• On the flip-side, watch for signs of interest: leaning forward, head bobbing, smiling, legs crossed toward you.

And, with any good networking opportunity, always remember the follow-up. E-mail new friends, send thank you notes to editors or agents you pitched to, send pictures to people you met. You never know who you'll meet, what new friends you'll make or what contacts might pan out for you down the road. Above yourself. Let your true personality shine through and that will make for the best impression.


Did someone say contest? A contest? Why yes! I'm giving away a copy of THE BOYS NEXT DOOR, by the fabulous Jennifer Echols. The book just came out and it's A. Dor. A. Ble! If you'd like to win the copy of the book, just post a comment here in this thread, offering your best networking tip. The winner will be chosen at random and announced on Monday, July 9th.

Marley = )

Sorority Rush Begins - May 2008!
Rush - A Sisterhood Novel
Pledge Class - A Sisterhood Novel
Puffin Books

What I'm reading... Still reading TWILIGHT


stephhale said...

Great advice, Marley. I think you just about covered everything. One thing that does tend to rub me the wrong way is when someone immediately shoves their card in my face before even talking to me. Business cards are SO important but at least chat with the person for a minute or they won't even remember who you are or why they have your card. :)

Rhonda Helms said...

Yeah, there's tons of great advice here! The most important one I can give is to RELAX!! :D

Jennifer Echols said...

Marley, you are too sweet! Thx for the giveaway!

I am extremely introverted and have a really hard time at conferences. Here are two ways I cope:

1. Hang around Marley and let her do the talking for you.

2. (Seriously) Schedule down time for yourself. Extroverts get their energy from being around other people. Introverts get their energy from being by themselves. It's so tempting to go go go and network non-stop while you have the opportunity, but you may burn out quickly this way. Some of my best quality time at last year's conference was spent at the pool with my critique partner, just the two of us.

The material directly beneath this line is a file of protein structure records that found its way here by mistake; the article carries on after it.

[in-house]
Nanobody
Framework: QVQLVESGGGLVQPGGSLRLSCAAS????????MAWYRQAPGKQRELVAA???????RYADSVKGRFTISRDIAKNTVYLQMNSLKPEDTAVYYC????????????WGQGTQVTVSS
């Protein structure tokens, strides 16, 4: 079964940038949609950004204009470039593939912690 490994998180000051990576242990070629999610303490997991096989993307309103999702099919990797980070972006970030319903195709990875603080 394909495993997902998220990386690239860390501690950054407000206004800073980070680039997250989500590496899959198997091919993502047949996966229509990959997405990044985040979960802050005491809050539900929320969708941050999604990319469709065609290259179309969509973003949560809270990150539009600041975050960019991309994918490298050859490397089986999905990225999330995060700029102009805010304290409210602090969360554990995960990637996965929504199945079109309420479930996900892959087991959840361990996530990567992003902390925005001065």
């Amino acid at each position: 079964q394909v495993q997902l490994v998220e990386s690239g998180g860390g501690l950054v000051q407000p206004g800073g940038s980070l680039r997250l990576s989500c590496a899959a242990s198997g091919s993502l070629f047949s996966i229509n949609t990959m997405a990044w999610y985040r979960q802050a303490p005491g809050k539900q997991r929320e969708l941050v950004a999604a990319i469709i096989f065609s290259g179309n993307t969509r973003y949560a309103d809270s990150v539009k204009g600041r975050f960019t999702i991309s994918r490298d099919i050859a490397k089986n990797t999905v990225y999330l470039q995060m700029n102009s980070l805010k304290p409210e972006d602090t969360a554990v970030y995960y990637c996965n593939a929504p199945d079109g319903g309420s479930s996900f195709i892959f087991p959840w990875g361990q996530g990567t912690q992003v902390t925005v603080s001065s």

Marley Gibson said...

:::Diet Coke up the nose::: made me snort with the "hang around Marley." LOL!!

Good advice to relax and getting some down time, as well.

Anonymous said...

i advice not to pick ur noze in publik

Me said...

Fabulous tips, oh Queen of Networking. At my very first conference (Dallas #1 back in 2004) I was pitching to an editor at my dream historical house. I was beyond nervous. Then a good friend (who happened to be one of that editor's authors) told me that the editor had said she was really nervous about the pitches. Wow. That really brought it home that editors are people, too--and that they don't want to mess up and miss out on the next Nora.


Heather Davis said...

Really good advice, Marley. I just try to remember when I feel shy (which does happen!) to try to introduce myself to people who seem shyer than me. Does that make sense? I've made some great friends that way.

I love Jenn's advice about the downtime. I say Buzz Girls brainstorm session in the pool! Or we could just catch some rays...

Also, about the agent thing, once when I was meeting my agent for dinner, he was pitched (drive by style) outside the men's room! Of course, he was polite and listened, but still I was like, give the guy a break! ;)

Marley Gibson said...